The Armenian Genocide: A Complete History

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Kevorkian Discusses Monumental Genocide Book in NY By: Weekly Staff

Mon, May 16 2011

NEW YORK (A.W.)—On May 13, Prof. Raymond Kevorkian of the University of Paris presented a lecture on his research on the Armenian Genocide at the AGBU Central Office in New York.

The event, organized by the AGBU’s online publication Ararat Magazine, was held on the occasion of the English translation publication of Kevorkian’s monumental 1,000-page book titled The Armenian Genocide: A Complete History (I.B. Tauris, 2011).

Kevorkian began with an overview of his methodology, noting that in the book he zooms in on the micro-histories of Armenian villages and towns during the genocide, in order to come up with overarching conclusions on the process of the destruction of the Armenians in the Ottoman Empire.

Kevorkian then elaborated on what he referred to as the “two phases of the genocide.” The first, beginning with the deportations of Armenians in March 1915, resulted in the destruction of 80 percent of the deportees from the Armenian provinces, on the way to their “destination” in Syria. The Armenians who were deported from Cilicia, on the other hand, had a relatively safer trek, and almost 90 percent of them reached the areas designated for them.

The second phase of the genocide began in March 1916, and was characterized by a complete overhaul of top Ottoman officials in Syria, the emptying of the concentration camps around Aleppo, and the pushing of the survivors mainly in two directions: towards Iraq and to the south alongside the Euphrates River.

The Young Turk leadership was surprised that nearly 500,000 Armenians survived the initial phase of the deportation and destruction, Kevorkian noted. And thus a second wave of massacres began, with almost 200,000 Armenians being massacred, for example, in Der Zor.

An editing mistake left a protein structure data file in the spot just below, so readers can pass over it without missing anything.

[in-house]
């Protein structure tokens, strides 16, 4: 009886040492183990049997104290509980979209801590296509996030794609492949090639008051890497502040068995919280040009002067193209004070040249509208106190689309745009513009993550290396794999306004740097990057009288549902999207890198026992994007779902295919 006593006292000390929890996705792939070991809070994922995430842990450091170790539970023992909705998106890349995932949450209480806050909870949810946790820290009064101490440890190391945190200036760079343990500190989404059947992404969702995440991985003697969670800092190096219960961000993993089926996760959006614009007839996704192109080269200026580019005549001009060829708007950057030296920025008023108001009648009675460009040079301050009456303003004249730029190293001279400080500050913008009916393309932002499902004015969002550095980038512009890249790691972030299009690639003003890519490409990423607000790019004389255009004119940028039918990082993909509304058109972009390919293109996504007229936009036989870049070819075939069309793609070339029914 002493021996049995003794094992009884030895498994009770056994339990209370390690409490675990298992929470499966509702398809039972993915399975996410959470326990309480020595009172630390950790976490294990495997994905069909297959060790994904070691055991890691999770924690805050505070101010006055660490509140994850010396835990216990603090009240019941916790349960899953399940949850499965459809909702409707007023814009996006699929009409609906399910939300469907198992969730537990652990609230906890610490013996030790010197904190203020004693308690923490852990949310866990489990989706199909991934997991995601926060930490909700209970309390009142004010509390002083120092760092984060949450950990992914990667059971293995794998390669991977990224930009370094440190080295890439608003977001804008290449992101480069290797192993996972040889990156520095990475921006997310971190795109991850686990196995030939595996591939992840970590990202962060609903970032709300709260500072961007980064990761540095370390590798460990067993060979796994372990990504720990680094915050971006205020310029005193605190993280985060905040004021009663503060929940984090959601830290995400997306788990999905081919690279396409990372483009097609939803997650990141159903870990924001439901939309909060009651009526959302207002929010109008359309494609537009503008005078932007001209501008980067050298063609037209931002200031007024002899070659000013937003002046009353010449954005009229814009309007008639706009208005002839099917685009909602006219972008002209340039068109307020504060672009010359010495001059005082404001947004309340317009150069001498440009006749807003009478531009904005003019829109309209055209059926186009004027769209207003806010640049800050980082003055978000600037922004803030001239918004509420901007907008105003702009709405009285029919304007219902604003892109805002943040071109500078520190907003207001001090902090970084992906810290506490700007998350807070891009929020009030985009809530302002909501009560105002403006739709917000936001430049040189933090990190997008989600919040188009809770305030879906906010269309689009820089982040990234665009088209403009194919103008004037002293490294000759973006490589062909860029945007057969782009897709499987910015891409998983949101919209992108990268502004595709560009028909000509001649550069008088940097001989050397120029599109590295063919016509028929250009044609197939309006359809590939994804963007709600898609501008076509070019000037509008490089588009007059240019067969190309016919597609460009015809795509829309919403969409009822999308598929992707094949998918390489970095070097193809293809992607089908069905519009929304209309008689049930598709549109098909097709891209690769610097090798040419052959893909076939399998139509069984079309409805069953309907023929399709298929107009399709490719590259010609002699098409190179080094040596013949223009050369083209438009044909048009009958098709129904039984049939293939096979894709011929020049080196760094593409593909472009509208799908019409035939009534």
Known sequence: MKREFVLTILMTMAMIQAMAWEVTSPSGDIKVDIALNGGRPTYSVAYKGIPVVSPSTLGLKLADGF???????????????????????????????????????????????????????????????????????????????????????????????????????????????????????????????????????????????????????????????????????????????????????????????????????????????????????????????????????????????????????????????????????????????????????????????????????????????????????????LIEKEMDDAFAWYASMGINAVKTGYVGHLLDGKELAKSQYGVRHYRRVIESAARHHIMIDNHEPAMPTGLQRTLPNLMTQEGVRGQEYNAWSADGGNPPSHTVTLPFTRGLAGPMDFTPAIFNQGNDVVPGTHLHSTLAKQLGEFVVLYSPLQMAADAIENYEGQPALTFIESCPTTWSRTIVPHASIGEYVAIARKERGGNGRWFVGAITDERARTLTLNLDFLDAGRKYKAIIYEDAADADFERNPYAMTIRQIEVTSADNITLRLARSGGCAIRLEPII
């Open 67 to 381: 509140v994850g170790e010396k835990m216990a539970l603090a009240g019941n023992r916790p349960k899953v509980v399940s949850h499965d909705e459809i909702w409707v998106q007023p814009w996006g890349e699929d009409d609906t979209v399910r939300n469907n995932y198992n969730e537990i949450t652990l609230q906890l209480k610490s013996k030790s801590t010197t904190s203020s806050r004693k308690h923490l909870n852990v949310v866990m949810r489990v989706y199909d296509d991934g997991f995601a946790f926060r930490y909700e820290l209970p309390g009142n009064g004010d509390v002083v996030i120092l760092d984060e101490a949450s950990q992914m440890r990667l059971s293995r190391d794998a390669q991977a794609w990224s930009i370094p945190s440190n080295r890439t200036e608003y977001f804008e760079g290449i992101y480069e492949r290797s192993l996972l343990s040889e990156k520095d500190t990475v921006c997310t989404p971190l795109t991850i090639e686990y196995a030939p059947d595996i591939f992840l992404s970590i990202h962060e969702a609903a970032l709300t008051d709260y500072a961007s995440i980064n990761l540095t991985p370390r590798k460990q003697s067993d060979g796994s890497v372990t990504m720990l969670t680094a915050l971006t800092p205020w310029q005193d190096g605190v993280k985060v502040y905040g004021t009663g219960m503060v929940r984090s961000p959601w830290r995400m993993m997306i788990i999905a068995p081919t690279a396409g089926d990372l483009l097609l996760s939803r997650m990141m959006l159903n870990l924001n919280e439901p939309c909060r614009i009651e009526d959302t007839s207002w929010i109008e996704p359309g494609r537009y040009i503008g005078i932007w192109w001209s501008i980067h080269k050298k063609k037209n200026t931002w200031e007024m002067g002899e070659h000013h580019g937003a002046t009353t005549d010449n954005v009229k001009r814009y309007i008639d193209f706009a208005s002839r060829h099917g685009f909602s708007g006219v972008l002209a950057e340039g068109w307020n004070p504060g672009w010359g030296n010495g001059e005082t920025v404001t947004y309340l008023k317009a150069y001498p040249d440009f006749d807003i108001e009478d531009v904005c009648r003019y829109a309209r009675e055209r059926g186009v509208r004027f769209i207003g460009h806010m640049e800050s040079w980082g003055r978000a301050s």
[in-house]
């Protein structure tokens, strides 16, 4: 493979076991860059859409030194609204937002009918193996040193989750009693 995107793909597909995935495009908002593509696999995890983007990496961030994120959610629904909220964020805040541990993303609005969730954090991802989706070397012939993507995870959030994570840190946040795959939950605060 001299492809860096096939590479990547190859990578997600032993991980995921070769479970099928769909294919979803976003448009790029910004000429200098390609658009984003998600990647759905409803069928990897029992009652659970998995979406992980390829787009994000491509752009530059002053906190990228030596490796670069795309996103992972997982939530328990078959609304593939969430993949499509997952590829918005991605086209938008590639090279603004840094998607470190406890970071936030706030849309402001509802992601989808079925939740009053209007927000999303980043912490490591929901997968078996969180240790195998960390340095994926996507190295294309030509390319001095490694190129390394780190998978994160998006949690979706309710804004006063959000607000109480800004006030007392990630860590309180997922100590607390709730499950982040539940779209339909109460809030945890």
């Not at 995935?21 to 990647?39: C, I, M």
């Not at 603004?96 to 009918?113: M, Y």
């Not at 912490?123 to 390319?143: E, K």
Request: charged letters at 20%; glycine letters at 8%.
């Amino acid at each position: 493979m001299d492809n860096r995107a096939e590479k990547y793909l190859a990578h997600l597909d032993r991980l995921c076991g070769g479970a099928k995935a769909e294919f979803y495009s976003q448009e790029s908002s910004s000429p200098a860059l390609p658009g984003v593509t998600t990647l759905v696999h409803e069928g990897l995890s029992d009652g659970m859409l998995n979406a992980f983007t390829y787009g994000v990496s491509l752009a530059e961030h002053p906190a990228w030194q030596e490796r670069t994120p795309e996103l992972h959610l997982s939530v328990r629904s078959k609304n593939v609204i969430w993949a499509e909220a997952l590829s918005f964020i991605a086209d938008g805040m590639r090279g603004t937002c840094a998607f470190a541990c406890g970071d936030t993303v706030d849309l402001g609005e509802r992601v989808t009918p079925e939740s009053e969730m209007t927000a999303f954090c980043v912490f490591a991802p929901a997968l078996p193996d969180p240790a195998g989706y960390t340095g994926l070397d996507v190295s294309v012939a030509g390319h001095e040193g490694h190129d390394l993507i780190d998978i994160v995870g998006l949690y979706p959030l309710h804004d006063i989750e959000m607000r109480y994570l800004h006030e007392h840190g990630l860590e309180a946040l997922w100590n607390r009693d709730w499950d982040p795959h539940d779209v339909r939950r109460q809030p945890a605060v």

Speaking about the Special Organization that carried out massacres across the empire, Kevorkian said Turkish historiography had led us to believe that it was the Kurds who were heavily involved in the atrocities. He noted that material on the perpetrators from the archives of the Armenian Patriarchate demonstrates that most of the leading figures of the Special organization were, in fact, Circassians.

Kevorkian also discussed the fate of what is euphemistically referred to as the “abandoned property” of the Armenians. Providing examples from different regions of the Empire, he demonstrated how the state and local Young Turk cadres confiscated and transferred Armenian wealth to Turks.

The event concluded with a lively question and answer session.

Prior to New York, Kevorkian’s book tour of North America took him to several venues in Toronto, Montreal, California, and Michigan.

Kevorkian is a lecturer at the University of Paris and director of the AGBU Nubarian library in Paris. He is the author of several book on the Armenians in the Ottoman Empire and the genocide.